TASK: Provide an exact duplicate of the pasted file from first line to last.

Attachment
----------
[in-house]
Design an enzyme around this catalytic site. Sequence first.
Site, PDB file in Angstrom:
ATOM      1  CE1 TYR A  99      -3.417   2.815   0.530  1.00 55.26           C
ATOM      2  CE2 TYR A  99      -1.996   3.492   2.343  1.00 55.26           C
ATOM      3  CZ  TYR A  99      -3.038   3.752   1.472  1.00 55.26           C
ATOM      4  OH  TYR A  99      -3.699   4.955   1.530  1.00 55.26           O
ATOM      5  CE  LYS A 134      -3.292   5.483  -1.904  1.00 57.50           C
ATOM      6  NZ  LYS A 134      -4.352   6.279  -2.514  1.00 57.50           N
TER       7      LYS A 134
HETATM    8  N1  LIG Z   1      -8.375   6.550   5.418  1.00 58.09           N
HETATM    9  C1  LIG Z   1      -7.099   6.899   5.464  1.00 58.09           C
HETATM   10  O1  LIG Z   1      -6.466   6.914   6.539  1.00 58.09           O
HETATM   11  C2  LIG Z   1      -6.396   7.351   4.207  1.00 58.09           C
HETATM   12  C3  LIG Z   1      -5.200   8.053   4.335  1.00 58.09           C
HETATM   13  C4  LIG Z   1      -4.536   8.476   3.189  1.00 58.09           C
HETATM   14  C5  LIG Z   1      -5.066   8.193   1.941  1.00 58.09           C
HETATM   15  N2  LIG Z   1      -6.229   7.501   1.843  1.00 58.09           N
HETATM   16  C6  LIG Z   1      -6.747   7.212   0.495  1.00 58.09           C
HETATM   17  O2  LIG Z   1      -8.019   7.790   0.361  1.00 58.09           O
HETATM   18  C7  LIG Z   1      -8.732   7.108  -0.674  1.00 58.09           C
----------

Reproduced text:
[in-house]
Design an enzyme around this catalytic site. Sequence first.
Site, PDB file in Angstrom:
ATOM      1  CE1 TYR A  99      -3.417   2.815   0.530  1.00 55.26           C
ATOM      2  CE2 TYR A  99      -1.996   3.492   2.343  1.00 55.26           C
ATOM      3  CZ  TYR A  99      -3.038   3.752   1.472  1.00 55.26           C
ATOM      4  OH  TYR A  99      -3.699   4.955   1.530  1.00 55.26           O
ATOM      5  CE  LYS A 134      -3.292   5.483  -1.904  1.00 57.50           C
ATOM      6  NZ  LYS A 134      -4.352   6.279  -2.514  1.00 57.50           N
TER       7      LYS A 134
HETATM    8  N1  LIG Z   1      -8.375   6.550   5.418  1.00 58.09           N
HETATM    9  C1  LIG Z   1      -7.099   6.899   5.464  1.00 58.09           C
HETATM   10  O1  LIG Z   1      -6.466   6.914   6.539  1.00 58.09           O
HETATM   11  C2  LIG Z   1      -6.396   7.351   4.207  1.00 58.09           C
HETATM   12  C3  LIG Z   1      -5.200   8.053   4.335  1.00 58.09           C
HETATM   13  C4  LIG Z   1      -4.536   8.476   3.189  1.00 58.09           C
HETATM   14  C5  LIG Z   1      -5.066   8.193   1.941  1.00 58.09           C
HETATM   15  N2  LIG Z   1      -6.229   7.501   1.843  1.00 58.09           N
HETATM   16  C6  LIG Z   1      -6.747   7.212   0.495  1.00 58.09           C
HETATM   17  O2  LIG Z   1      -8.019   7.790   0.361  1.00 58.09           O
HETATM   18  C7  LIG Z   1      -8.732   7.108  -0.674  1.00 58.09           C